Friday, May 17, 2013


Accompanying this post are three views from 1995 of what originally had been the Fifth Church Of Christ Scientist, a dome-roofed Classical Revival structure built in Cleveland, Ohio, at Lake and W. 117th in 1926, from designs created by architect Frank Bail.  Abandoned by the congregation in the 1980s, it has been unused since that time.  It is now only a short spell of time away from its demolition.  A small, grass-roots group -- named, simply and appropriately, "Save Fifth Church" -- had attempted to grab the attention of someone who could be a new owner, who they hoped would renovate the deteriorated structure.  Now even they have abandoned this historic structure, compromising their original position -- reinventing themselves as "Neighbors In Action" and now primarily advocating only the preservation of the church's portico as a sort of classy entrance to a small, neighborhood park.  Of course, none of this can happen without extensive community support, particularly of the political persuasion, and many thousands of dollars, which of course has not materialized.  More than likely, all that is going to occur is that the entire structure will be demolished so that the owner, now in the process of constructing a new retail complex immediately adjacent to the site, will be able to provide more parking.  It is nothing less than impressive that a group of individuals, that are not the usual very tiny group of genuine preservationists, formed in the first place with a goal of trying to save an attractive, historic building -- a rare occurance, indeed, in a city notorious for obliterating as much of its built past as it possibly can, and having a general population who otherwise are either passive and indifferent, or who blindly support only anything that is new.


Blogger Greg madachik said...

You have a great blog here, I'm very sad to see that no one seems to visit. I'm an extremely devoted preservationist and I really appreciate your blog entries. Thank you.


9:58 PM  
Blogger CraigB said...

Thank you for YOUR visit. You shouldn't concern yourself with the "lack of traffic". A great place gets ruined by too many tourists. There are so few visitors, by the way, Mark, because there are so few in our region committed to preservation. Most people do not understand it. Most people fail to recognize the beauty and durability of older buildings. Most would rather see as much old replaced by new as possible. They want to live in the cartoon world of the Jetsons.

10:32 PM  
Blogger Unknown said...

News! Sign the petition! I've been inside and know it's big enough for climbing walls!
And don't anyone tell me they don't like the idea...I remember EONS ago when someone first wanted to make a concert venue, and a banquet hall, and everything else, and the fussy Cannetellas came out of the woodwork whining until the ideas were off the table and the building mothballed--until the Gas Well Incident reduced it to its present state. Oh, no, wait. The Bookstore they liked, but as much as I myself liked it it was never seriously going to materialize, let alone last, in this market.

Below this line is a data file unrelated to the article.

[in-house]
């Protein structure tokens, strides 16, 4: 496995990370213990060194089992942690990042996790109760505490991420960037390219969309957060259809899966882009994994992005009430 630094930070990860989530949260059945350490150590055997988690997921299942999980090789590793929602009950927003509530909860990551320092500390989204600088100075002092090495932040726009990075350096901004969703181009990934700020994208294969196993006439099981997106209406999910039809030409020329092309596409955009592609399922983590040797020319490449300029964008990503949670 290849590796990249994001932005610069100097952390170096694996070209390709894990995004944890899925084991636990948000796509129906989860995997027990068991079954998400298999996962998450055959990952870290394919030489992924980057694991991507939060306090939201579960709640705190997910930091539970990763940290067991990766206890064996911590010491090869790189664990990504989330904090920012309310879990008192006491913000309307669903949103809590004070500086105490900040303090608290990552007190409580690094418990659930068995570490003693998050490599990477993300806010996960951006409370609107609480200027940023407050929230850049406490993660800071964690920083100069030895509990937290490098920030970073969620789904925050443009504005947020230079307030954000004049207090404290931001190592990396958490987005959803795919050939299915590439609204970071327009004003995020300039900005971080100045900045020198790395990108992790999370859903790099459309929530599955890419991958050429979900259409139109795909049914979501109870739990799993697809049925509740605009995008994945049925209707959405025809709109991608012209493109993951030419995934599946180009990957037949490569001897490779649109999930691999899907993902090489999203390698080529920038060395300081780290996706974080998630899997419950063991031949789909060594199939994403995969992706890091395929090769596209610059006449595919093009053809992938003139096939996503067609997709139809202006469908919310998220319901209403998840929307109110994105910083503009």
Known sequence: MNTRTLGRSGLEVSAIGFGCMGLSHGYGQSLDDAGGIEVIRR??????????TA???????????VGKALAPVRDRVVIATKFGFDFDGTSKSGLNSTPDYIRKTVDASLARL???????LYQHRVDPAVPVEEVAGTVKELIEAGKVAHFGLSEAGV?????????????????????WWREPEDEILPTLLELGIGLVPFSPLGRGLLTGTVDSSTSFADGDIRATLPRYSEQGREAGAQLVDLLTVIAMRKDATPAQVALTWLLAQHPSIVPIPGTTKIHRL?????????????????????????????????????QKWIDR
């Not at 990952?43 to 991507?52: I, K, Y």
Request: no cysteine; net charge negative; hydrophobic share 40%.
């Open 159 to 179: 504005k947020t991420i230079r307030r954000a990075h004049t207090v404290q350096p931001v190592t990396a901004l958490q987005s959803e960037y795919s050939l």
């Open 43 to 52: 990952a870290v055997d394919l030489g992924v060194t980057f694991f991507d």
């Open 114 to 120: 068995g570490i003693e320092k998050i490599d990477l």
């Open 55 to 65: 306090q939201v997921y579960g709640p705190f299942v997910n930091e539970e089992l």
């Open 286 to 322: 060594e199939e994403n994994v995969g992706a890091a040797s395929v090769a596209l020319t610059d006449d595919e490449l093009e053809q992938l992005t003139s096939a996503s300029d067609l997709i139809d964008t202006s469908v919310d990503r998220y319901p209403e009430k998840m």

Actually, I'm sure they'll whine about this idea, too...God Forbid you should have people coming to the neighborhood, reusing a great old building and enjoying themselves.
Le mieux est l'ennemi du bien, folks--let's keep pushing!

3:10 PM  
Blogger CraigB said...

Hey, "Unknown", who I suspect is Jeon Francis, thank you for your post. I'm glad your are still trying to prevent the building's demolition. Call me a pessimist, if you wish -- although I think of my self as simply a realist -- signatures on a petition will not change anything like this in Cleveland. Only MONEY will.

11:16 PM  
Blogger Unknown said...

Sorry, not Jeon, though I have been contacting him. No, you're not pessimistic but it won't stop me or many others from flinging mud until something sticks (or, unfortunately, until the wall has been destroyed, as I fear). Agreed on money, though it should be pointed out that if money has been raised and spent on any number of questionable projects, maybe there is a way to market this and get the necessary support. I hope this will help make a point. (After the amount of effort/time/money put towards the Medical Mart and Euclid Corridor, is it unreasonable to play up the advantages of repurposing a distinctive local landmark for something towards health & fitness concerns?)
Meanwhile, I'll keep forwarding and hoping against hope...

5:05 PM  

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